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Math Help - Question about eigenvectors

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    Question about eigenvectors

    If v is an eigenvector of A with corresponding eigenvalue λ, show that v is an eigenvectors of A^-1. What is its corresponding eigenvalue?
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  2. #2
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    Quote Originally Posted by nicolem1051 View Post
    If v is an eigenvector of A with corresponding eigenvalue λ, show that v is an eigenvectors of A^-1. What is its corresponding eigenvalue?
    This should be rather easy. The notation, however, depends on whether you write vectors in rows or in columns.
    If I use row vectors, then v being eigenvector means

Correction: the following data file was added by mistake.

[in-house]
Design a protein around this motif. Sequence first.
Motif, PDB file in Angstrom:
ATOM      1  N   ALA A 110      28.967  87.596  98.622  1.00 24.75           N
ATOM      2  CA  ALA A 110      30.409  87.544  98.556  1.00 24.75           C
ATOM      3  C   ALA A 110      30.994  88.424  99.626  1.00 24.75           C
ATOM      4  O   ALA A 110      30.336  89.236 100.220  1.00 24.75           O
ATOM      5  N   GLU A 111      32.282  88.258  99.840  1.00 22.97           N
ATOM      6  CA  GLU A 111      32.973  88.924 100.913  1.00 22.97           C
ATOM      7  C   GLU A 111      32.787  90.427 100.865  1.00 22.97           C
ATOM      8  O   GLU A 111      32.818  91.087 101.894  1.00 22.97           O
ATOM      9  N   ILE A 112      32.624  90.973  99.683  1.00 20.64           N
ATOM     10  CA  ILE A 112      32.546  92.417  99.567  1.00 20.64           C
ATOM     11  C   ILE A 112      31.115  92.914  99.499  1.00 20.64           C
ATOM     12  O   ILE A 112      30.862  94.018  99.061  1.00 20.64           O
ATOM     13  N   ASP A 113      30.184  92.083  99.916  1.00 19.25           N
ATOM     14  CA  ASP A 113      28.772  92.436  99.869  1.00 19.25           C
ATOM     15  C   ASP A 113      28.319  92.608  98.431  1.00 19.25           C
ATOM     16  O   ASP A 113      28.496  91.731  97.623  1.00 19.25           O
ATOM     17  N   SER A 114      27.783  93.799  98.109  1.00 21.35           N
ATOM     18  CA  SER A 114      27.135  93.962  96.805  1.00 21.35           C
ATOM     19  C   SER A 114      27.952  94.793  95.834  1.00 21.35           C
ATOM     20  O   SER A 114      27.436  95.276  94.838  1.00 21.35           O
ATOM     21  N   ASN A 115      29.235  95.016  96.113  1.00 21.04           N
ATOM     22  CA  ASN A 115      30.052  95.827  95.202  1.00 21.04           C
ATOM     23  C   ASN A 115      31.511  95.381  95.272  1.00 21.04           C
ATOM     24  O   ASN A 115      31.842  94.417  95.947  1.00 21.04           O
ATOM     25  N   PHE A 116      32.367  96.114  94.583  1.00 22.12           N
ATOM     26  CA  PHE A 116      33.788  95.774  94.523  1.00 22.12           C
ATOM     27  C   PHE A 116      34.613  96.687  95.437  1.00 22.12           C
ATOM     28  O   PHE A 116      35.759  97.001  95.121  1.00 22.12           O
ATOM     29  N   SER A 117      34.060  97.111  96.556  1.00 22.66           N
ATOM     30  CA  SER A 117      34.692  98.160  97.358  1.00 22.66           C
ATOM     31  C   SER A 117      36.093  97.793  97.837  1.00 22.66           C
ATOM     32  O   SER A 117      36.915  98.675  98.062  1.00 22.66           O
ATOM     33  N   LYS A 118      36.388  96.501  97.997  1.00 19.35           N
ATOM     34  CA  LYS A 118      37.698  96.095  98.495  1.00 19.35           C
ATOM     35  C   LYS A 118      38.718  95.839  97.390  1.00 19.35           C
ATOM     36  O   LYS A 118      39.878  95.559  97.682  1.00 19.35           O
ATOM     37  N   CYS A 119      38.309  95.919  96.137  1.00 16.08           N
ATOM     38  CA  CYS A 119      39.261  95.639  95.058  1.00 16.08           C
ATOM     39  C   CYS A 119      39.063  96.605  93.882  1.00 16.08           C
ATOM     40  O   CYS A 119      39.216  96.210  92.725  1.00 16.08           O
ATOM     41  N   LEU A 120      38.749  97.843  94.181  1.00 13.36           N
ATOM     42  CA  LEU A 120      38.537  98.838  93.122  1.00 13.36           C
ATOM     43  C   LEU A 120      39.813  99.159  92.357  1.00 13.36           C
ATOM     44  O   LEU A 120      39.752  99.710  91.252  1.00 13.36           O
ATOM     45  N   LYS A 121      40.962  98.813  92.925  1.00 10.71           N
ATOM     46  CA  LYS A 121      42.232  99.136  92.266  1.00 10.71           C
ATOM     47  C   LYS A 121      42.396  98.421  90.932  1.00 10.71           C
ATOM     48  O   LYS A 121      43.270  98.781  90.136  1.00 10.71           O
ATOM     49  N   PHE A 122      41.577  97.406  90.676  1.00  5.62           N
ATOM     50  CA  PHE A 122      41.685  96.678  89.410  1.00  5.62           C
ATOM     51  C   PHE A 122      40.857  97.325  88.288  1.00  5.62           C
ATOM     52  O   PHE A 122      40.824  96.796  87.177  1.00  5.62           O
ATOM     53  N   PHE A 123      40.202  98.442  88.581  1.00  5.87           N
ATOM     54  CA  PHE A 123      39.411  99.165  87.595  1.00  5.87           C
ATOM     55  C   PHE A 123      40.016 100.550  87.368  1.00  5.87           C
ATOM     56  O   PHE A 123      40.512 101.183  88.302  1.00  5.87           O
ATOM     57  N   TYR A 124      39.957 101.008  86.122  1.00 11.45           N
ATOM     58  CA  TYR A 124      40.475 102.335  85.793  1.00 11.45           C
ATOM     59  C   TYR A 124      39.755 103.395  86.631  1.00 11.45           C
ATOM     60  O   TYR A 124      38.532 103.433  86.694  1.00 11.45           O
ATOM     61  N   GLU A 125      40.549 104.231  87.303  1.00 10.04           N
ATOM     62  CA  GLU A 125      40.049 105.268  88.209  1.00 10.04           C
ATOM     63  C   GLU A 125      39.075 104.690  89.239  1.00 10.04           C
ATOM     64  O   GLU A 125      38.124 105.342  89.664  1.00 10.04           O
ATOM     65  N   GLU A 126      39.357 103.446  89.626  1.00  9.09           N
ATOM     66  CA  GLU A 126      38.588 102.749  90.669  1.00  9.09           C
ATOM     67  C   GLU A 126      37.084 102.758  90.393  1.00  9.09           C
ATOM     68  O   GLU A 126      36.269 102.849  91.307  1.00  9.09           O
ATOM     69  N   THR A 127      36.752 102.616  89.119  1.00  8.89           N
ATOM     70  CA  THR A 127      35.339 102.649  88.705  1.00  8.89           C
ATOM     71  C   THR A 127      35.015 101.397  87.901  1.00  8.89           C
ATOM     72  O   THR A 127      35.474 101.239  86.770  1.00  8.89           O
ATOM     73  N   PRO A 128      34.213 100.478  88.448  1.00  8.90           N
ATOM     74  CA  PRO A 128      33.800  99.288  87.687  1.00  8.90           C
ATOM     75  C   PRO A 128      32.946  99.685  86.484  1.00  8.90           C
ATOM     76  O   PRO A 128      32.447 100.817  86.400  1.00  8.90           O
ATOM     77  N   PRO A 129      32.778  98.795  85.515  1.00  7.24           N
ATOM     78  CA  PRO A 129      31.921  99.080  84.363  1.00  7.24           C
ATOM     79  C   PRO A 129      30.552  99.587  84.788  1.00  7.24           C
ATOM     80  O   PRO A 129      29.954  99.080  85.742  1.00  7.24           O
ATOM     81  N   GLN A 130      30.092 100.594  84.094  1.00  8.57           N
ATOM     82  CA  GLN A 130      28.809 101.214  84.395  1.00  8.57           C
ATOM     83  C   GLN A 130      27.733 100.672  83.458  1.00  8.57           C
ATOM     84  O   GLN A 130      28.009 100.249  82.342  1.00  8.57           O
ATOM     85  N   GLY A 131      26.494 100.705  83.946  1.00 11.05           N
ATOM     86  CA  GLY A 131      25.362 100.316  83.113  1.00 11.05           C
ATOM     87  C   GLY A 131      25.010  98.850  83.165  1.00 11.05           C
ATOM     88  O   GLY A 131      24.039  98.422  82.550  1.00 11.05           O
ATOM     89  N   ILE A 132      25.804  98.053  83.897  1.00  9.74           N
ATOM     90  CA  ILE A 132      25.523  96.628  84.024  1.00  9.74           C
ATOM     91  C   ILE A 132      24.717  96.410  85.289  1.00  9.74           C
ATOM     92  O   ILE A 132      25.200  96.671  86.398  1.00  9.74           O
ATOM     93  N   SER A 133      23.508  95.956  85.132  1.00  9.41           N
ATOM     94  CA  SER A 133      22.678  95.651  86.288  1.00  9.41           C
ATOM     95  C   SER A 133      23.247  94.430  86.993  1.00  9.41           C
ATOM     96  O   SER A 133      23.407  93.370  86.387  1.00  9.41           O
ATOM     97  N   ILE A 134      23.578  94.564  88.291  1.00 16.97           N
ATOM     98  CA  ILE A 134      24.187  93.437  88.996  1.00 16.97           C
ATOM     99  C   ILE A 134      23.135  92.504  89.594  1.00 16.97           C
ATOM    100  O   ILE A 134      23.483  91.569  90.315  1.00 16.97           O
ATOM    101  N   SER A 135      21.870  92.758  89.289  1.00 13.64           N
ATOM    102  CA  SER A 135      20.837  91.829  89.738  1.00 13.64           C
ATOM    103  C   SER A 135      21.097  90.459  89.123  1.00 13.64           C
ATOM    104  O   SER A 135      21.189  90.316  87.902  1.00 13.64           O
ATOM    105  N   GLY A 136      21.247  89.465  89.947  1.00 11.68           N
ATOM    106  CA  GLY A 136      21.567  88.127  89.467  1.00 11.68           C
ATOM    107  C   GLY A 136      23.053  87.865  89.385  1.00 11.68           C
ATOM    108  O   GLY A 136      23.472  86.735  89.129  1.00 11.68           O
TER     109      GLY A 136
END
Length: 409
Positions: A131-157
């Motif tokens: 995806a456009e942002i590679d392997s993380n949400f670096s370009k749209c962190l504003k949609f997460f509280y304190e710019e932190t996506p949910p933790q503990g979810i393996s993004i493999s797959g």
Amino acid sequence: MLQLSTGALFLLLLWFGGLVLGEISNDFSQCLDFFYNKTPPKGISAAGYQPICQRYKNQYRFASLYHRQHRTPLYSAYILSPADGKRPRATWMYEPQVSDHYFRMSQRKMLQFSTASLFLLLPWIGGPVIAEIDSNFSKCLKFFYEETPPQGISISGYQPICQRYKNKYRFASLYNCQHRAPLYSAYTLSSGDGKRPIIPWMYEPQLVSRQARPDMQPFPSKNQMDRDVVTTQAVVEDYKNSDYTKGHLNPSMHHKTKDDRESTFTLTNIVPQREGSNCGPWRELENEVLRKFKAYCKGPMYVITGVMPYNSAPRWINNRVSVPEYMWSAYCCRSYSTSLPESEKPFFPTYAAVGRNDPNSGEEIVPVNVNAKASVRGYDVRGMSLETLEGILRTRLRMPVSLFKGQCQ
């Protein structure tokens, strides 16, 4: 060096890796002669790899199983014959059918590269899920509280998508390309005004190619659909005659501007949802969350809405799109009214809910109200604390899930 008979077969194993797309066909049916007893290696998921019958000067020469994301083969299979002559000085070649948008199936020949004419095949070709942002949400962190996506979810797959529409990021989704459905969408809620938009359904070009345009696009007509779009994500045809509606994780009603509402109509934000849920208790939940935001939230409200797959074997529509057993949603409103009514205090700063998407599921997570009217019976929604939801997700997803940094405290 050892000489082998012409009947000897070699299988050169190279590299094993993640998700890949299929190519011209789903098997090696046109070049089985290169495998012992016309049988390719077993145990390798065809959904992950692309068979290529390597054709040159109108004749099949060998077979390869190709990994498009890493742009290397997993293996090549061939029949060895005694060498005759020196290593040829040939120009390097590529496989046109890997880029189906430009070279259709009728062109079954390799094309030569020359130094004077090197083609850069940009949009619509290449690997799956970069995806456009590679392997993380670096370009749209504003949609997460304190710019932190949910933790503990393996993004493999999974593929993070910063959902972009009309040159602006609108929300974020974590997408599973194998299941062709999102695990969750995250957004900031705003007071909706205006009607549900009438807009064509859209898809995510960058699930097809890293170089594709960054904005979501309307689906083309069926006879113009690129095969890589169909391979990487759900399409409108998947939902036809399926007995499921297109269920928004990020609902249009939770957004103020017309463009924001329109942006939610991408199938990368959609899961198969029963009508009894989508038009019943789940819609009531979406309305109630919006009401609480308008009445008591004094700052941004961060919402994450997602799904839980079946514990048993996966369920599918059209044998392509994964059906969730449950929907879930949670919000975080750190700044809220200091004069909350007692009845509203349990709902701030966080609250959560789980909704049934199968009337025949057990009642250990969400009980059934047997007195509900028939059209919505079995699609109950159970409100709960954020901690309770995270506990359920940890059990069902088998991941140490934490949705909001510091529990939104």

v.A=\lambda.v.
    What do you get if you multiply this equality by A^{-1} from the right?
    (Obviously, you assume that A is invertible, even if you did not write this assumption explicitly.)
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  3. #3
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    A\mathbf{x}=\lambda\mathbf{x}

    Multiple by A inverse on the left and move lambda left since it is a scalar.

    A^{-1}A\mathbf{x}=\lambda A^{-1}\mathbf{x}

    A inverse A is I.

    \mathbf{x}=\lambda A^{-1}\mathbf{x}

    Divide by lambda.

    \frac{1}{\lambda}\mathbf{x}=A^{-1}\mathbf{x}
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